Fed's Collins: Not ready to say the rate hike cycle is over
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Federal Reserve Bank of Boston President Susan Collins heads in to attend the opening dinner of the Kansas City Fed's annual economic symposium in Jackson Hole, Wyoming, U.S., August 24, 2023. REUTERS/Ann Saphir
By Michael S. Derby
NEW YORK (Reuters) - Federal Reserve Bank of Boston President Susan Collins said Friday while evidence is growing that inflation is easing, she's not yet ready to rule out more rate hikes should they be needed.
"In order to get back down to 2% (inflation) in a reasonable amount of time you need to be patient and resolute, and I wouldn't take additional firming off the table," Collins said in a CNBC interview.
While there's been "promising news" on the economic data front, the official said "I remain focused on really looking at kind of the full complement of information that we're getting and making assessments in real time about the right thing to do."
Collins spoke as financial markets have concluded the central bank is done with a rate rise campaign that took monetary policy from near zero rates in the spring of 2022 to its current level of between 5.25% and 5.5%.
At their policy meeting at the start of the month officials held rates steady, citing progress on getting inflation back to 2% coupled with tighter financial conditions which should help slow growth. But they still kept alive the prospect of more action should it be needed.
That said, financial markets are already eyeing the possibility of Fed rate cuts next year. In the interview, Collins argued for caution because when it comes to inflation, she said there's been good but uneven news, while core price pressures are still too high relative to the Fed's objective.
"I think we're positioned to be patient" and "we are seeing that the work that we've done is feeding through the economy," Collins said.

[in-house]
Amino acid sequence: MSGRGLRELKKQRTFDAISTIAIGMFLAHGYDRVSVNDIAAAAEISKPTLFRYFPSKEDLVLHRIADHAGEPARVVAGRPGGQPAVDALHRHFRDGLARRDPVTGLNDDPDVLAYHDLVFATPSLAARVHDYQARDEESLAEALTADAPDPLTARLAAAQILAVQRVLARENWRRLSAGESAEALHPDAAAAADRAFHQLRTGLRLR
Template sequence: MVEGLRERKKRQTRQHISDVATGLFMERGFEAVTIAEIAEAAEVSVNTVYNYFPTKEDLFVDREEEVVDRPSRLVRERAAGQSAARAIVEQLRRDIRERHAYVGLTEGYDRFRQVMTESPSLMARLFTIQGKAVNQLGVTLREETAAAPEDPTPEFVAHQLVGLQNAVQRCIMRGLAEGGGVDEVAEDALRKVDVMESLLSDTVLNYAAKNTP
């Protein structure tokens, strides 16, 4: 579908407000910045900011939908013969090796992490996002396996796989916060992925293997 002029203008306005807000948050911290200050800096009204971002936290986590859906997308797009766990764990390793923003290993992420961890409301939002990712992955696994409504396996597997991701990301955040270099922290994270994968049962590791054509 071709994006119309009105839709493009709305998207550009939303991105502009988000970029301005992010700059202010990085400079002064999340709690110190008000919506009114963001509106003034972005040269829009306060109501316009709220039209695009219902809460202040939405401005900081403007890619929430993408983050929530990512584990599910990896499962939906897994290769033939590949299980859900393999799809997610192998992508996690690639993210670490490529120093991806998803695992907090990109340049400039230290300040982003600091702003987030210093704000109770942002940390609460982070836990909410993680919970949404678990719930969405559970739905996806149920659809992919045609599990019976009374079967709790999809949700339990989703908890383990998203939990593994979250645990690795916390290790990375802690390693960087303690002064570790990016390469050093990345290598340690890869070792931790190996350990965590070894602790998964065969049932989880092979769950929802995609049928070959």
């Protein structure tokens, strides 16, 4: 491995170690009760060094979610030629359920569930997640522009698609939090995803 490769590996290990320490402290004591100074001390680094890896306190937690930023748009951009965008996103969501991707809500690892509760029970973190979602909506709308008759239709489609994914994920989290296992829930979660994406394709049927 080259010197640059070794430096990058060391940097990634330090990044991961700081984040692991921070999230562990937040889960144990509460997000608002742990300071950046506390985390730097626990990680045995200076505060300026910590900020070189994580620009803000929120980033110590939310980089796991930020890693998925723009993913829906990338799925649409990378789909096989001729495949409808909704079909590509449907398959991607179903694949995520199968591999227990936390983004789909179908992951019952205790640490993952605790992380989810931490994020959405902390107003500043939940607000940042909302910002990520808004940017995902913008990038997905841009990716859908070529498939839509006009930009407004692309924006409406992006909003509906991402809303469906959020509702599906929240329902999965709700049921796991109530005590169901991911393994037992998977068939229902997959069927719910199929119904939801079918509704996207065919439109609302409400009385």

"The key point is we need to really stay the course, and we are seeing that the work that we've done is feeding through the economy," the official said. The economy appears to be rebalancing toward a more sustainable profile, most notably in labor markets, but caution is warranted as the Fed is "far from declaring victory" over high inflation, she said.
Collins also tackled a recent easing in financial conditions that's tied to declining bond yields, which in theory means markets are providing less restraint to the economy, which could increase pressure on the Fed to raise rates again.
Collins did not directly comment on the recent retreat in yields but did note "I am seeing evidence of the kind of restrictiveness that's consistent with the orderly slowdown that we're looking for to realign demand with supply and continue the inflation moderation that we need."
In a research note Friday, forecasters at Deutsche Bank noted financial conditions had "ease considerably" over recent weeks, but concluded, "while the recent easing could produce a more hawkish Fed in theory, the Fed can afford to be less concerned with this easing given recent data showing progress on the labor market and inflation."
(Reporting by Michael S. Derby; Editing by Chizu Nomiyama)
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